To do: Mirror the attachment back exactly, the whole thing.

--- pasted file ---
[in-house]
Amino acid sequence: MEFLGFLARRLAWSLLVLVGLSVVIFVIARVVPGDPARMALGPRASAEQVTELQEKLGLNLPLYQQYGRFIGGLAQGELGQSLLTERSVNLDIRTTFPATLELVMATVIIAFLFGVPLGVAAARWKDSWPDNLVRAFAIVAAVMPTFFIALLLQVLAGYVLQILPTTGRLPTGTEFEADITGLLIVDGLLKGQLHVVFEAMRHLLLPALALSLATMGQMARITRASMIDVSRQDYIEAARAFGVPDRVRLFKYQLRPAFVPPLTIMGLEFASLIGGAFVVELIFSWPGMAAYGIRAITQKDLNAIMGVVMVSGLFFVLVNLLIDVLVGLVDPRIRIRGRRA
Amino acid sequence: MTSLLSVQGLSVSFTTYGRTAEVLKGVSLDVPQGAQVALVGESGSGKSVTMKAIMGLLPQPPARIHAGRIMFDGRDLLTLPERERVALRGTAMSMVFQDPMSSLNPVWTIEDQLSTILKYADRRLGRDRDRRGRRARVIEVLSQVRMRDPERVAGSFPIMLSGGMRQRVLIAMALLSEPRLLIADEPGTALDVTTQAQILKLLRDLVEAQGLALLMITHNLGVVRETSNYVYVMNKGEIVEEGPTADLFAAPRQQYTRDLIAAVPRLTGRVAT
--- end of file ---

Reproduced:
[in-house]
Amino acid sequence: MEFLGFLARRLAWSLLVLVGLSVVIFVIARVVPGDPARMALGPRASAEQVTELQEKLGLNLPLYQQYGRFIGGLAQGELGQSLLTERSVNLDIRTTFPATLELVMATVIIAFLFGVPLGVAAARWKDSWPDNLVRAFAIVAAVMPTFFIALLLQVLAGYVLQILPTTGRLPTGTEFEADITGLLIVDGLLKGQLHVVFEAMRHLLLPALALSLATMGQMARITRASMIDVSRQDYIEAARAFGVPDRVRLFKYQLRPAFVPPLTIMGLEFASLIGGAFVVELIFSWPGMAAYGIRAITQKDLNAIMGVVMVSGLFFVLVNLLIDVLVGLVDPRIRIRGRRA
Amino acid sequence: MTSLLSVQGLSVSFTTYGRTAEVLKGVSLDVPQGAQVALVGESGSGKSVTMKAIMGLLPQPPARIHAGRIMFDGRDLLTLPERERVALRGTAMSMVFQDPMSSLNPVWTIEDQLSTILKYADRRLGRDRDRRGRRARVIEVLSQVRMRDPERVAGSFPIMLSGGMRQRVLIAMALLSEPRLLIADEPGTALDVTTQAQILKLLRDLVEAQGLALLMITHNLGVVRETSNYVYVMNKGEIVEEGPTADLFAAPRQQYTRDLIAAVPRLTGRVAT